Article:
Trip down memory lane with Dannyboi- Pompey, Great Escape

Sunday 11th May 2008 approx 2am
Couldn’t sleep, the air was muggy. Lying there with the sweat dripping off me as the noise of the Saturday night drunks passed my bedroom window adding to the disturbance. Staring at the ceiling thinking of any excuse as to why this night was proving to be a long unpleasant one.

But deep down I knew why…..of course I knew why! For in just a few hours I was to begin my 15min walk down to Waterloo Station to catch my train to Fratton, a trip I’d planned in my head several times already to ensure that nothing was going wrong today. The OCD worse than ever before as my mums OCD multiplies for the same reasons influencing my own mental state in the days building up to it. I’d never been to Pompey before, not that it mattered much. Reassuring myself that our fate was in our hands for survival thanks to the win against Brimingham last week but at this point…….it was doing little for my nerves.

I eventually dose off but it’s not long before the day begins. I’ve no appetite so I skip breakfast and we head out. There were many fellow supporters on the train and commuters that day would have experienced 3 kinds of Fulham fans. The vocal ones who would sing any song they could think of and really made a day of the occasion, the figgity ones who couldn’t sit still or get comfortable such was the magnitude of what was before us. And the ones like me, quiet. Not really knowing how to feel or what to say. This had never happened to me, I’d only remembered Fulham on the up since the days of Micky Adams. I have a poor attention span at the best of times but today there was no hope of a conversation out of me. My Mum, Dad and little sister chatting away whilst I was there in body yet my head a million miles away.

We go to the pub before the game and do all the usual rituals before any away game. And then it’s time to head to the ground. We walk up the road, houses either side of us. It was a narrow road, at least it was in my head although that could just be my imagination as it felt everything was closing in around me. You could see the ground in front of you, just like walking up Finlay Street to the Cottage I suppose.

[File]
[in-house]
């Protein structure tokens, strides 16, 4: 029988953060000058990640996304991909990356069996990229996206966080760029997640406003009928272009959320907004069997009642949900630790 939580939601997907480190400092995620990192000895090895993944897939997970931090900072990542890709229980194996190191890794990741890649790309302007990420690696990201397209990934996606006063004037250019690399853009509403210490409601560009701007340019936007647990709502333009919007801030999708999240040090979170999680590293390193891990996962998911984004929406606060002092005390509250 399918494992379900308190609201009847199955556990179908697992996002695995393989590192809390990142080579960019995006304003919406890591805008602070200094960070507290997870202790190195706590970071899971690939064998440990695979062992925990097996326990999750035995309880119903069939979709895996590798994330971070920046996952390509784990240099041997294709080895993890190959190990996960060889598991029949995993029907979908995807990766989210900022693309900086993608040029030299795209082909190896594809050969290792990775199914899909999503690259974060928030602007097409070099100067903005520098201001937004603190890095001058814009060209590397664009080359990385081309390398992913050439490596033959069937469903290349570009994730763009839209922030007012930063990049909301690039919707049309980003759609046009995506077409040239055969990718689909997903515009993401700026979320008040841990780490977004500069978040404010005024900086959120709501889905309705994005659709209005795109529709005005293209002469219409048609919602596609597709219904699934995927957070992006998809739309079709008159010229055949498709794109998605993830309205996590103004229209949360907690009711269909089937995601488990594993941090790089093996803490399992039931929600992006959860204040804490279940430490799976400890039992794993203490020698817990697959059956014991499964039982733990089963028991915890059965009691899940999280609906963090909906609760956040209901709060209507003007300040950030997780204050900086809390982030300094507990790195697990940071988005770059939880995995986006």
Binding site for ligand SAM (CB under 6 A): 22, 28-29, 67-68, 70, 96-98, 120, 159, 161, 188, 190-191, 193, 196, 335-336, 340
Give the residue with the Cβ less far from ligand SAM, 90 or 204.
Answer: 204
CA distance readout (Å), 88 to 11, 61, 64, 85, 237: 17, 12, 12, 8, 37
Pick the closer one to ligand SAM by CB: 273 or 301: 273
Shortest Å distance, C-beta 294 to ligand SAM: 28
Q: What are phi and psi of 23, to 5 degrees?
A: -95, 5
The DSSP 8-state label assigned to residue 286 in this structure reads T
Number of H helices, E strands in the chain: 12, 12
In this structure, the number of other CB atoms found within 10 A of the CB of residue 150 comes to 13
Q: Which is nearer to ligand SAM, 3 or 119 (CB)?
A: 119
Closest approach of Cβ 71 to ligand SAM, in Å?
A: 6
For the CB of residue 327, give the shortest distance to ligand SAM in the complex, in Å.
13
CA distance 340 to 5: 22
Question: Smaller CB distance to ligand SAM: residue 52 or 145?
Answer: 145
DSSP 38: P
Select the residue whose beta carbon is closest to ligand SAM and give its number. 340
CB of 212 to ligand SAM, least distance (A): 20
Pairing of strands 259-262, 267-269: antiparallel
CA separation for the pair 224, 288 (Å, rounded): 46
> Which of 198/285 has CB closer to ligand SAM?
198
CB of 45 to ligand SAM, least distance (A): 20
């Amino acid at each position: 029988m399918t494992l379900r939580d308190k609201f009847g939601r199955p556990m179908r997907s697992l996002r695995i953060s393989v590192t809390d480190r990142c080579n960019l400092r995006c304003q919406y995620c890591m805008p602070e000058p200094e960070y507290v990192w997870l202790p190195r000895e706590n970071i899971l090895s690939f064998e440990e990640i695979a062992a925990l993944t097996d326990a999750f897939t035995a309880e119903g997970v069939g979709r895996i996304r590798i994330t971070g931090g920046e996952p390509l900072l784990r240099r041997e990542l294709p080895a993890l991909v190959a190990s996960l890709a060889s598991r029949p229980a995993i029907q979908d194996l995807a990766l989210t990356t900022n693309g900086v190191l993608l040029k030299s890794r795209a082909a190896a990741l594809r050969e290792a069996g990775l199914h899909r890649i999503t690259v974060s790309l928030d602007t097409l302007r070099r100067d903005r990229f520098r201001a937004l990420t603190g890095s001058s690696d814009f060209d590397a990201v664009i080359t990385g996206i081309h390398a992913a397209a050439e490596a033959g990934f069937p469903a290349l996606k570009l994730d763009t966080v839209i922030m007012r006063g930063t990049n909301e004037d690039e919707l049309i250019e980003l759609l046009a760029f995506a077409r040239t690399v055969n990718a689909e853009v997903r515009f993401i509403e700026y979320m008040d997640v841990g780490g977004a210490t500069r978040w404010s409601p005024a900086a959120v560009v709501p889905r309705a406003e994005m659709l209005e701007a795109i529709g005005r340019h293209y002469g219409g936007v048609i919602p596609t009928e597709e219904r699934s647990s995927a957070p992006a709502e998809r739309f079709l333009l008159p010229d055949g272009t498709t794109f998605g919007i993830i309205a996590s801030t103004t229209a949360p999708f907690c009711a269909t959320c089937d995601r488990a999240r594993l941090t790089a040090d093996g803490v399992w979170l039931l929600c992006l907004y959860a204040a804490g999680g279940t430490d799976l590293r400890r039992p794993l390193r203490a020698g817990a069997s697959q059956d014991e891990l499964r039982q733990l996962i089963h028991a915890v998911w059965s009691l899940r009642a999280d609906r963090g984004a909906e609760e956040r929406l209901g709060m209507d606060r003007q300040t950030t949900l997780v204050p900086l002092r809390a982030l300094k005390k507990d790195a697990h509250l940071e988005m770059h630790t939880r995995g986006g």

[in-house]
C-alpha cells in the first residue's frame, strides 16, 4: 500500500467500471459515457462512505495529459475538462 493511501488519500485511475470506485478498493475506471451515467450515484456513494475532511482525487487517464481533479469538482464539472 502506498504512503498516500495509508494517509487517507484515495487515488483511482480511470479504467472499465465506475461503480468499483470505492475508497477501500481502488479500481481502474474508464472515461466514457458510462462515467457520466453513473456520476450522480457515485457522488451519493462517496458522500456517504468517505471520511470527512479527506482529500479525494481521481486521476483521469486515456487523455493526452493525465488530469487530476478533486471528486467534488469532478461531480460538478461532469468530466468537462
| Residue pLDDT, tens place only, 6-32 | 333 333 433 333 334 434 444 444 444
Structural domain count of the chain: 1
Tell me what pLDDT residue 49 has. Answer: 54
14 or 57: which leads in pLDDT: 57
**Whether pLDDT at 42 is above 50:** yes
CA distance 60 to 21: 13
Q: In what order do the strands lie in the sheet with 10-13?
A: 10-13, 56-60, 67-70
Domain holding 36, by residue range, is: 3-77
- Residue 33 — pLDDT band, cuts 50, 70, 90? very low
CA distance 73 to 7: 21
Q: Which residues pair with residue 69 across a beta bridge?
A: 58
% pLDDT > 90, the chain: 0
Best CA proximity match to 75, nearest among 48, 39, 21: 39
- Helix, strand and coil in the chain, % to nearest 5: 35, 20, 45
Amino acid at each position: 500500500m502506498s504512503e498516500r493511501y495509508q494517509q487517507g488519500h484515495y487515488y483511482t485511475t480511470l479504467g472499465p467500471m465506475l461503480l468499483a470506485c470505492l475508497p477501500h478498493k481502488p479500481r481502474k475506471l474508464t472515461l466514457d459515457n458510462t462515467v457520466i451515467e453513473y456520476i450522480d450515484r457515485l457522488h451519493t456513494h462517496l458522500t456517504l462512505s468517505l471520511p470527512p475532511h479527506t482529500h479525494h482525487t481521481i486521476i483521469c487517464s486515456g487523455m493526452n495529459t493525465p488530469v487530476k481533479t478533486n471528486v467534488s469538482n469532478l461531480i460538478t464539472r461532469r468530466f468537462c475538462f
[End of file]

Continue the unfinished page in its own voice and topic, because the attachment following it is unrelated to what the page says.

At Fratton Park, the away fans walk down what I remember as a bit of an alleyway to the away end. A wall of art with pictures of ex Pompey players from beginning to end. Steve Stone, Linvoy Primus and the very unpopular Dejan Stefanovic to name but a few. I suppose you aren’t really interested in that are you? No neither was I but it was just another excuse not to think about the game as it was now about 2.30pm and kick-off getting closer & closer.

We made it into our seats, about 10 rows back perfectly in line with the top corner to our fans’ right hand side, a view unappreicated at this point but boy would that change……

It’s important for those that weren’t there that day that I make it very clear how hot it was. For every minute we got closer to knowing our fate, the sun seem to blaze over us that bit hotter. I don’t know how the players played 90mins in that heat under that pressure. I suppose we were lucky Portsmouth had bigger things on their mind like the FA cup final. It must have been the hottest day of the year and I remember it that way because I just can’t forget the intensity. This was the most torturing heatwave I’ve ever experienced at a football match.

I remember very little about the game itself. I don’t remember much goal mouth action, it was very much a game that you’d expect in degrees such as this. I didn’t know the Birmingham or Reading scores until half time, they wasn’t spoken of by the people around me, you would have thought no other matches were being played that day…. We all know that it wasn’t good news or was it? I don’t know if I’m alone but my nerves seem to ease once I know things aren’t going our way. I’m at my most nervous when we are hanging on.

The fans throughout were amazing and the atmosphere electric. As Kamara raced through only to be taken down for a free kick to my left hand side of the pitch just inside their half, we knew we had to score a goal. Reading & Birmingham were 4v0 and 4v1 up in their games, we were now desperate to score…….WE HAD TO SCORE!!!!!